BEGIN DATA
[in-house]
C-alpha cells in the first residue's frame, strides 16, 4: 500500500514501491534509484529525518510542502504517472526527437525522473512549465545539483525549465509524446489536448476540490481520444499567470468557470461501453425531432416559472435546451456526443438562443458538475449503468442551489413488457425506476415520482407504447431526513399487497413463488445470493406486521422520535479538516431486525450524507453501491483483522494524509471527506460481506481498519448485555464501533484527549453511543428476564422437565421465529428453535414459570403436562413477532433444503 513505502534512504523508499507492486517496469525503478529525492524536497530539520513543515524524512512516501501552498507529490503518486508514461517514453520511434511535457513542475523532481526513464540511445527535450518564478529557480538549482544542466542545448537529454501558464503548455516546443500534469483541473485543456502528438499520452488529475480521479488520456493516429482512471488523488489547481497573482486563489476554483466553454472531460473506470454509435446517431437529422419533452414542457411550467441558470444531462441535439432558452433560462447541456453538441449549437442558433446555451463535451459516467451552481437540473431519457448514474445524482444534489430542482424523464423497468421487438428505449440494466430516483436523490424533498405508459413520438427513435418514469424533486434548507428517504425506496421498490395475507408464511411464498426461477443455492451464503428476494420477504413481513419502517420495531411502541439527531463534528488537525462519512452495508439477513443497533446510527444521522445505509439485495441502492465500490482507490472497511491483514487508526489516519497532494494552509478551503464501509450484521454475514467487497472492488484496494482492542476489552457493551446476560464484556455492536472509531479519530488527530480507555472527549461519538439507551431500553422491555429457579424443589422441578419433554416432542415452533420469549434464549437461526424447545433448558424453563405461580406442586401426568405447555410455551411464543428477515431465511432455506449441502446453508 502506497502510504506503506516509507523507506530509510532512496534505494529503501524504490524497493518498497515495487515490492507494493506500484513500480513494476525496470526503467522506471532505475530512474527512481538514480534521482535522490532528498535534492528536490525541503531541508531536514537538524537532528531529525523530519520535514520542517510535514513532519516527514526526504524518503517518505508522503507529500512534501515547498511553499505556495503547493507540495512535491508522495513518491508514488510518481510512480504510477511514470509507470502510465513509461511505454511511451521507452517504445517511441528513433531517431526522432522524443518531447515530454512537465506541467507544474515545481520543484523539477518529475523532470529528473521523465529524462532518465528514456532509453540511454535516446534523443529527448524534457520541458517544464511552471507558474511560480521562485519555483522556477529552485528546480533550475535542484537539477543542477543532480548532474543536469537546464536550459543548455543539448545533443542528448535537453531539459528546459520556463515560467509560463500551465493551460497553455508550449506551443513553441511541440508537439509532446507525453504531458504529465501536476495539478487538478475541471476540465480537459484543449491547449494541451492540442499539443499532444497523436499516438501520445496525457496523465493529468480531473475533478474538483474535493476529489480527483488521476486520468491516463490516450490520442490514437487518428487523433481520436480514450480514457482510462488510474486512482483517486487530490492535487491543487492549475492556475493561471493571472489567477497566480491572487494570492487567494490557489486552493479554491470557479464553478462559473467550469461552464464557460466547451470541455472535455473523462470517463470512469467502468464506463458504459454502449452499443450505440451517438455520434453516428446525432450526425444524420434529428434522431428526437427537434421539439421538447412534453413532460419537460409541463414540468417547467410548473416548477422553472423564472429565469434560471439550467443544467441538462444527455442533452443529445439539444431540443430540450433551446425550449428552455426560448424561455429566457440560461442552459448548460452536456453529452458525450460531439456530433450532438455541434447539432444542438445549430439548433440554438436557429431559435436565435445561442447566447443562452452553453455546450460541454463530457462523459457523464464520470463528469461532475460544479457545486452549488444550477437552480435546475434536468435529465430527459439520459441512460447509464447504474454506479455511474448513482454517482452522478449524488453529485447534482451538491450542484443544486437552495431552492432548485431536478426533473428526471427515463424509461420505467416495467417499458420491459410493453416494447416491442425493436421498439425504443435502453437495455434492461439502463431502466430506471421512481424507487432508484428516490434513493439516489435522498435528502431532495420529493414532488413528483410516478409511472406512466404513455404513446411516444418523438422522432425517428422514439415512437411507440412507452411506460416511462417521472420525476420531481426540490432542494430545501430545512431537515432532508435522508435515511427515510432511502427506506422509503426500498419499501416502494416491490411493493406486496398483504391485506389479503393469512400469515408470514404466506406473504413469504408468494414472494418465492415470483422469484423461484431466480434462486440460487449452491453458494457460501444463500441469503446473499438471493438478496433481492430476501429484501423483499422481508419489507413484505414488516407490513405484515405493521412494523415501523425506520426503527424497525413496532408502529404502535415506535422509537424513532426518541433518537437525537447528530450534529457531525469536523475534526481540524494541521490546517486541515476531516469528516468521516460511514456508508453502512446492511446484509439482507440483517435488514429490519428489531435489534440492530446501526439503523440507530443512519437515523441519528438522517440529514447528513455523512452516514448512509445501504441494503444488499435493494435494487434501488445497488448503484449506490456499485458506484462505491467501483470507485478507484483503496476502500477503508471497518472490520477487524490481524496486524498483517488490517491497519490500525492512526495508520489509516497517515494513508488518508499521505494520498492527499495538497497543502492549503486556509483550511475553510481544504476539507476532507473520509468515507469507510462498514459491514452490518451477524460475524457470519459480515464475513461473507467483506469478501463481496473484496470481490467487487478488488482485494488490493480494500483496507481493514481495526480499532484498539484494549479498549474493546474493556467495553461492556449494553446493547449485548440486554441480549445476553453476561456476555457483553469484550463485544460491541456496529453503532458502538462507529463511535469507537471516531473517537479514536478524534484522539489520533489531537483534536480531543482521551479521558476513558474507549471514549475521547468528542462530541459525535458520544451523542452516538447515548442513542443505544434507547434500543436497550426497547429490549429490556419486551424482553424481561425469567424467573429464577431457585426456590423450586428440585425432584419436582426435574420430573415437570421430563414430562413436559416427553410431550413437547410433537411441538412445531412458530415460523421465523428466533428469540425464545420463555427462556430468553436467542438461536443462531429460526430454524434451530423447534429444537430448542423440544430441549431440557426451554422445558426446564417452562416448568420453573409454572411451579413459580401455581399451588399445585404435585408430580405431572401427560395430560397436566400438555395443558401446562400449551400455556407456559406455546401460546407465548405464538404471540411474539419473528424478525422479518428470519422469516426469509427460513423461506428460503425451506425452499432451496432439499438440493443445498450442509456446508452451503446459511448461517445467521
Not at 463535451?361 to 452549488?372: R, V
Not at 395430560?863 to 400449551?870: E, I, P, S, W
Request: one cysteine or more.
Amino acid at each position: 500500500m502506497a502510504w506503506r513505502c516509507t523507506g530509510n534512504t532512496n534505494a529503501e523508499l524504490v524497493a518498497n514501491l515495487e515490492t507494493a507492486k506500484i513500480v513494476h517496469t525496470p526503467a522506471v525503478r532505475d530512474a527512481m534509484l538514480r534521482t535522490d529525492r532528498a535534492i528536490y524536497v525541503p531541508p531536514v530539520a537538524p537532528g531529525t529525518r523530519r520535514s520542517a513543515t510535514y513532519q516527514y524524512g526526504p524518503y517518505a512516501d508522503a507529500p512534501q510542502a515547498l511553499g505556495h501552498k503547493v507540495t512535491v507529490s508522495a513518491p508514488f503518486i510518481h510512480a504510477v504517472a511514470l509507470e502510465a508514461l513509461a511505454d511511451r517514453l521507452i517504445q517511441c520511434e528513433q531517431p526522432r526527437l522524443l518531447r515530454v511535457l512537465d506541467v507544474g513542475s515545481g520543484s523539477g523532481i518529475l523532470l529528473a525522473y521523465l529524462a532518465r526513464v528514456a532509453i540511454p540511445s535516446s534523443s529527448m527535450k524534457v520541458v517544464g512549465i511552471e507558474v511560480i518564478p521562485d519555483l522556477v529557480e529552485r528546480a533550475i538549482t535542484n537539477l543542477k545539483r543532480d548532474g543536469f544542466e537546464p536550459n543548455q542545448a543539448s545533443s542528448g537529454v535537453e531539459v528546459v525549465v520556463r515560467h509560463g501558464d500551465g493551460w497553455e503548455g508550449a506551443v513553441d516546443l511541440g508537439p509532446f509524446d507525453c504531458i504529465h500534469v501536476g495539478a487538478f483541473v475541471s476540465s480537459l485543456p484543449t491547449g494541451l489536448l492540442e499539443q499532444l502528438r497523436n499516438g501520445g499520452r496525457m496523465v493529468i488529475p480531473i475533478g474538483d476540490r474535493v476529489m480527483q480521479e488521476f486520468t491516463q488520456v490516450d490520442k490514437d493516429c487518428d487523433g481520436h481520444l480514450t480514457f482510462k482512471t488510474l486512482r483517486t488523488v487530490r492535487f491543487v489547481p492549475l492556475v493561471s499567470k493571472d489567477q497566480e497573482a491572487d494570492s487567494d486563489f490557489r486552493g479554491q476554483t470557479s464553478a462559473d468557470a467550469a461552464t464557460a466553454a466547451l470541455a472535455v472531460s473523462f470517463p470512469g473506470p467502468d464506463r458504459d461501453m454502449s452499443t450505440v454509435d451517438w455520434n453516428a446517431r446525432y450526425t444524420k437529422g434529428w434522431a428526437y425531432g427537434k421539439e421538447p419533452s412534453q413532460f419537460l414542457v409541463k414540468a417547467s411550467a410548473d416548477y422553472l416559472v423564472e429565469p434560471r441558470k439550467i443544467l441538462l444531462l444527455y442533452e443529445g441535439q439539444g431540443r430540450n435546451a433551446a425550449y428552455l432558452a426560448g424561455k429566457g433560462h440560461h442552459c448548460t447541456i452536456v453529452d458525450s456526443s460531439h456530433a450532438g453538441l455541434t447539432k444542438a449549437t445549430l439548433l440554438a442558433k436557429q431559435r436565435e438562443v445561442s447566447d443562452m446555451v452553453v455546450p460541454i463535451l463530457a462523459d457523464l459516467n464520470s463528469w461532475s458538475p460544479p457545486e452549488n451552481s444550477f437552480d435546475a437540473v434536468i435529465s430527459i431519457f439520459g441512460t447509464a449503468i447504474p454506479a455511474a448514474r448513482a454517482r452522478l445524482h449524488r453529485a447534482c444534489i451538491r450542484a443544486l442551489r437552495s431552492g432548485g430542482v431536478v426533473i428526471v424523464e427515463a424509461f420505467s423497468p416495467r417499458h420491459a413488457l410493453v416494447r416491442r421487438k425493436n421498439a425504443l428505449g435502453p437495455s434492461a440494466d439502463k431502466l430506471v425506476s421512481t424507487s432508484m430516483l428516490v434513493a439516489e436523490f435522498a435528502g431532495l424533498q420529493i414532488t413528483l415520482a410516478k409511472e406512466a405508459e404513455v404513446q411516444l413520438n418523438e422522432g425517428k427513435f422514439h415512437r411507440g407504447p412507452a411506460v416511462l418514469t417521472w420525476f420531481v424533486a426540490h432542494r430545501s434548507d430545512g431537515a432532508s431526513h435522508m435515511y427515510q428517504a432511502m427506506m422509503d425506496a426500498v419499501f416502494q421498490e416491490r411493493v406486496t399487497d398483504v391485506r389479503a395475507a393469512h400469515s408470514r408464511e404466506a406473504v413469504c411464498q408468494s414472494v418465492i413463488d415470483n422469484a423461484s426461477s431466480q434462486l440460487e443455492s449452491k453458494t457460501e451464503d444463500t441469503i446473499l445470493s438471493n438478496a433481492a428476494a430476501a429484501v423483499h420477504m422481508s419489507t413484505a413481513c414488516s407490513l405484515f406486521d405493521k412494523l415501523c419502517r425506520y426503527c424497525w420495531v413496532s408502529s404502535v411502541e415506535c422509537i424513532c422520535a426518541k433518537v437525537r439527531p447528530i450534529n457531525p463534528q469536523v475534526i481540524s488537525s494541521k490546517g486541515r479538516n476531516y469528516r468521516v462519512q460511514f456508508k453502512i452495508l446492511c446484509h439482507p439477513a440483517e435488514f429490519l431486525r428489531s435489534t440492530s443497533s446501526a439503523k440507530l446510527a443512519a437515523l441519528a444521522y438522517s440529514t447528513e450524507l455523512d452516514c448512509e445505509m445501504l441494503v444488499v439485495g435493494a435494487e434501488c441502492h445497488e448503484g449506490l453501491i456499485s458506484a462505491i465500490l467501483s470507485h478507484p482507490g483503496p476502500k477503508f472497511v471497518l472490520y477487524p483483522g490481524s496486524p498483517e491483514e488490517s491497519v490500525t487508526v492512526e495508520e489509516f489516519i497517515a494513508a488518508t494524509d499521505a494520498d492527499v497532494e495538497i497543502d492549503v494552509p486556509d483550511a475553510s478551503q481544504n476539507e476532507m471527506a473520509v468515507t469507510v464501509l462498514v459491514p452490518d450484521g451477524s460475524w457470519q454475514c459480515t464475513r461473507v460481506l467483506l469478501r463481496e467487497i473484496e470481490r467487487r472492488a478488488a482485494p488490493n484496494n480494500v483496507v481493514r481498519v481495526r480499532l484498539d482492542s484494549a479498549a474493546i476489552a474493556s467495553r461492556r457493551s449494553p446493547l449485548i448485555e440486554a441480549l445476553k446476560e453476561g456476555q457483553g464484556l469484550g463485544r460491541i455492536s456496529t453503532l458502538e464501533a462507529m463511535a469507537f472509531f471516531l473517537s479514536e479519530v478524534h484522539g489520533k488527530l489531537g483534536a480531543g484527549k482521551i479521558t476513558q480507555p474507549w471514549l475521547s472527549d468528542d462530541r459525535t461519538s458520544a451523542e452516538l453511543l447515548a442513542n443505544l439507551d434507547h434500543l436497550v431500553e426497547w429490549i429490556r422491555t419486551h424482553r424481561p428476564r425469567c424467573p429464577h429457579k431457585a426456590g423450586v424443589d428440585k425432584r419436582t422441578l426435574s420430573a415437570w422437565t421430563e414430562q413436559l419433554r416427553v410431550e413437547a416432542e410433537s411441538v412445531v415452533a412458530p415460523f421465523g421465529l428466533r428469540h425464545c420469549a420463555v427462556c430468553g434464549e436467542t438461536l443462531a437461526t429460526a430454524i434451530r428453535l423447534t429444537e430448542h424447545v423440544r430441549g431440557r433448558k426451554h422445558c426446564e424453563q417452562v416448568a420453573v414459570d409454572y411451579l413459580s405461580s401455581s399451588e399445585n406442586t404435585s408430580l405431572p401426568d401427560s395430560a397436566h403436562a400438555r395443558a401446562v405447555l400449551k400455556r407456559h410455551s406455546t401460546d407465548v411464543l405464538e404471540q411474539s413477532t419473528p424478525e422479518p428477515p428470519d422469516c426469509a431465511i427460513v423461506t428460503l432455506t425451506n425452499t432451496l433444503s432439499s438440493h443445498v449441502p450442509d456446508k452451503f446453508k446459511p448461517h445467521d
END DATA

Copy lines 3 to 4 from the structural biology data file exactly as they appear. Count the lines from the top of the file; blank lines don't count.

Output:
Not at 463535451?361 to 452549488?372: R, V
Not at 395430560?863 to 400449551?870: E, I, P, S, W